Rewriting Life

Pest Test

A bacterial protein called Bt toxin makes a safe and effective pesticide. But Bt-proof bugs could render the agricultural resource useless. So researchers at North Carolina State University are helping to develop a test kit that gives farmers early warning of Bt resistance, allowing them to give the affected area a break from Bt before a “super pest” emerges.

NC State entomologist R. Michael Roe calls the testing technique “embarrassingly simple” -a farmer merely adds water and a bit of Bt to wells in a cellular-phone-sized container, then drops in a few bugs from the field. Each well holds insect food mixed with an indicator dye that turns bug feces blue. Bt-susceptible pests sickened by the toxin don’t eat-and therefore don’t defecate. But resistant bugs produce blue droppings-a quick, colorful warning for the farmer, who would otherwise have to wait a week or so for the insects to die. A large-scale field study of the test kit, sponsored by Cotton Inc., should be completed this spring.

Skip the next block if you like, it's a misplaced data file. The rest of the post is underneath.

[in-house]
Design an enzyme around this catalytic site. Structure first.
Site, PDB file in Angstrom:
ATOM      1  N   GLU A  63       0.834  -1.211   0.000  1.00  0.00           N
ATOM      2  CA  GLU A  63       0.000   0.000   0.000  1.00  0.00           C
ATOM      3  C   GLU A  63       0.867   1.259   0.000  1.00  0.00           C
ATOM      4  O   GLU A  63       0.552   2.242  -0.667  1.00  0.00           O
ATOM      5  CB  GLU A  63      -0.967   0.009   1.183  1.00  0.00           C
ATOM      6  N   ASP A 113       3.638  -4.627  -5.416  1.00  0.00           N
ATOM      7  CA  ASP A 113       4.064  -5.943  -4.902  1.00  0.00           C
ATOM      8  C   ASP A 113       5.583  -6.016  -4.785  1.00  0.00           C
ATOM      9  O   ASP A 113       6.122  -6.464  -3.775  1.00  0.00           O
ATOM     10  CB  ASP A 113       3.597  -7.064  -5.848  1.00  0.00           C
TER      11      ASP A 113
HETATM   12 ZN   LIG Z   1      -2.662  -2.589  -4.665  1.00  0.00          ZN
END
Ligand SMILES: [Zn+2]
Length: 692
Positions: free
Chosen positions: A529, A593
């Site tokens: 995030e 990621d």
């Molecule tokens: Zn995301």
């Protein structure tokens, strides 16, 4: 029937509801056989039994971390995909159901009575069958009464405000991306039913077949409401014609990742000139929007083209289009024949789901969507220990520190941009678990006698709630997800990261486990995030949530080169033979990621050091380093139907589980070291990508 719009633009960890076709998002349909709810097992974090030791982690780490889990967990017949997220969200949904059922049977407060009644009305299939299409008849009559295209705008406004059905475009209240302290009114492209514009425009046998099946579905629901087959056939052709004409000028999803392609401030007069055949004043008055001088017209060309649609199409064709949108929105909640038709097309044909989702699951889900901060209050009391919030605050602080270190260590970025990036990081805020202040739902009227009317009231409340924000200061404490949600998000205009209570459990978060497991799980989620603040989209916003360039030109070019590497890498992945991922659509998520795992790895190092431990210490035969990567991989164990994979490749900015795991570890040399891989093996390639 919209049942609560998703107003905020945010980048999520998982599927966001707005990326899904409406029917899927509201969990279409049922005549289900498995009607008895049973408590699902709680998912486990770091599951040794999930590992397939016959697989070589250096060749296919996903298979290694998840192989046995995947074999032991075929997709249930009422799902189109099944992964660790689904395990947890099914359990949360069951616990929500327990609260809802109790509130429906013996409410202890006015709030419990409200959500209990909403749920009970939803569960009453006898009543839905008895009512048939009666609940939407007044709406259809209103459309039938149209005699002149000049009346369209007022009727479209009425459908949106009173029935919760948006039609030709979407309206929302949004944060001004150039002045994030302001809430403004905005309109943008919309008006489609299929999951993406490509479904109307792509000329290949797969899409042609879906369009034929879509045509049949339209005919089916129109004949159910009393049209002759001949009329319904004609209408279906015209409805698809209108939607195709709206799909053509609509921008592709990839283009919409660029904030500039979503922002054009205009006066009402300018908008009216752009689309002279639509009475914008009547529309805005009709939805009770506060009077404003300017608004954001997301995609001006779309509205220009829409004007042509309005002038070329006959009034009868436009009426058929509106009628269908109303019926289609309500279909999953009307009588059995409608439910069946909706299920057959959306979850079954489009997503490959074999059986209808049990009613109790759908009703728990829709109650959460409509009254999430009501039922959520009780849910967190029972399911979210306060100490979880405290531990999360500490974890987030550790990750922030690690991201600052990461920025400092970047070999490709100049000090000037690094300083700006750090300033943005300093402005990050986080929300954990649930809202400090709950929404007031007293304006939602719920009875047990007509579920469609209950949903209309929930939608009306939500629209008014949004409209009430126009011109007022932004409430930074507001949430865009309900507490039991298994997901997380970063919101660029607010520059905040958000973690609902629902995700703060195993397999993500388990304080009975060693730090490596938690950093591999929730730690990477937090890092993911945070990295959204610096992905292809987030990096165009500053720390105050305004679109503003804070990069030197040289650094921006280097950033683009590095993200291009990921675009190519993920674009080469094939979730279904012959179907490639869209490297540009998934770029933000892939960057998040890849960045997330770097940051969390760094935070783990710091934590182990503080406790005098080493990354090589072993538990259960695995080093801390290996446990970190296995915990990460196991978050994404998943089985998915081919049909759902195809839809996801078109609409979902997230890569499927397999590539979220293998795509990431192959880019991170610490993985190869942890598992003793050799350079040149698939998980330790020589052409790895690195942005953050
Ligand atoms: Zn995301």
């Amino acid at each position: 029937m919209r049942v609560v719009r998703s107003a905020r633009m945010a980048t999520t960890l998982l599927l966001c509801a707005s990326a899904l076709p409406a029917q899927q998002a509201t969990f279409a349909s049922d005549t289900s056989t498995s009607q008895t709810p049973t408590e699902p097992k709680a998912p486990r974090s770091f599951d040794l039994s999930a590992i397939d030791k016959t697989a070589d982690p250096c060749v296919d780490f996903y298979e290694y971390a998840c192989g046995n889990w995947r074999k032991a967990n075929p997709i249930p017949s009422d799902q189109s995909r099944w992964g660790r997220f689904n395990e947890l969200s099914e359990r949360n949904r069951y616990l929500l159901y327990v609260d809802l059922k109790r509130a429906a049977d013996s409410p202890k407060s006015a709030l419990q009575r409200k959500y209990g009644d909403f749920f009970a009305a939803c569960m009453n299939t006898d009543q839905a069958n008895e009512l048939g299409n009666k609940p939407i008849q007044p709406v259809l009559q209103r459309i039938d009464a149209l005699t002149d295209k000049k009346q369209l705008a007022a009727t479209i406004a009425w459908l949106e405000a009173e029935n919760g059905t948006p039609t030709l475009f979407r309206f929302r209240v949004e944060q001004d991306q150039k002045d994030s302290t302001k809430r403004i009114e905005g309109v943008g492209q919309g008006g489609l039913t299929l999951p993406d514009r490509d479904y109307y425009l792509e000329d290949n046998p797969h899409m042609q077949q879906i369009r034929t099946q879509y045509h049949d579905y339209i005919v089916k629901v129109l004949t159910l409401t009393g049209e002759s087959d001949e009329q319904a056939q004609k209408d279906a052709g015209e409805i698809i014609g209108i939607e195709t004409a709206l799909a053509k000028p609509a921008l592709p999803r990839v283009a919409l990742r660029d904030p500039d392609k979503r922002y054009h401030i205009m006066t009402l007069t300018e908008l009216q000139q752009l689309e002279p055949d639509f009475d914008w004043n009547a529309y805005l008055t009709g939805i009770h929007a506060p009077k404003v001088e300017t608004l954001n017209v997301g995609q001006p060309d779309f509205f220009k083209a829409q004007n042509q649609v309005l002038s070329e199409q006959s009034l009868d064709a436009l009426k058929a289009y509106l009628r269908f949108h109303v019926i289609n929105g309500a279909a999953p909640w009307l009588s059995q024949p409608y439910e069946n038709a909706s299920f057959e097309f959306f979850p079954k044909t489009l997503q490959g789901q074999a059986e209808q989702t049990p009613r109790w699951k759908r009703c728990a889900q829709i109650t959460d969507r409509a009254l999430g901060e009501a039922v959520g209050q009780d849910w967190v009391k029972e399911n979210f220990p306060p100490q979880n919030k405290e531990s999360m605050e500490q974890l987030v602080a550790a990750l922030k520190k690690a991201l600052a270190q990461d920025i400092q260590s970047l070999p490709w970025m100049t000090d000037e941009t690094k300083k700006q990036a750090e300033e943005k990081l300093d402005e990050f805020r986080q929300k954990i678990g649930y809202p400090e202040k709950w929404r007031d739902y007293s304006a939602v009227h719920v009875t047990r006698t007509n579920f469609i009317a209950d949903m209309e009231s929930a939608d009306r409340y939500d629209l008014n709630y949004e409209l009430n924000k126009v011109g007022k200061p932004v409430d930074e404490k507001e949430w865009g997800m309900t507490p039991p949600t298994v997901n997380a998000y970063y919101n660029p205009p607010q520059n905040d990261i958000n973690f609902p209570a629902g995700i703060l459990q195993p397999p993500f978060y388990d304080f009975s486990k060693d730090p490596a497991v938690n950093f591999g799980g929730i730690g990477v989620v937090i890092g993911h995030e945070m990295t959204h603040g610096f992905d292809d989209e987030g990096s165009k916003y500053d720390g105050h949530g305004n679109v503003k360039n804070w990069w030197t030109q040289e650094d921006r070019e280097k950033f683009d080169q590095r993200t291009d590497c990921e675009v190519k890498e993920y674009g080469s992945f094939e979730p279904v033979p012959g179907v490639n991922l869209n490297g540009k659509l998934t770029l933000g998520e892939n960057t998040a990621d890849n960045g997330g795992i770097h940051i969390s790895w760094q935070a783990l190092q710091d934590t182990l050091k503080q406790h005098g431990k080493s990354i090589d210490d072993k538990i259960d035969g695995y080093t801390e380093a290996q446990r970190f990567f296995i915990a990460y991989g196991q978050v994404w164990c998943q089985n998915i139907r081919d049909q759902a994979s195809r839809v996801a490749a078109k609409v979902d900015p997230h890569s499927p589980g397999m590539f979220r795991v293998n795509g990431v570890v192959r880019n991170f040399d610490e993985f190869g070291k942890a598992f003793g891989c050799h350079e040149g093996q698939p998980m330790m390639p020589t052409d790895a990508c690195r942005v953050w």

Uh oh–you've read all five of your free articles for this month.

Insider Premium

$179.95/yr US PRICE

More from Rewriting Life

Reprogramming our bodies to make us healthier.

Want more award-winning journalism? Subscribe to Insider Basic.

  • Insider Basic {! insider.prices.basic !}*

    {! insider.display.menuOptionsLabel !}

    Six issues of our award winning magazine and daily delivery of The Download, our newsletter of what’s important in technology and innovation.

    See details+

    What's Included

    Bimonthly home delivery and unlimited 24/7 access to MIT Technology Review’s website.

    The Download. Our daily newsletter of what's important in technology and innovation.

You've read of free articles this month.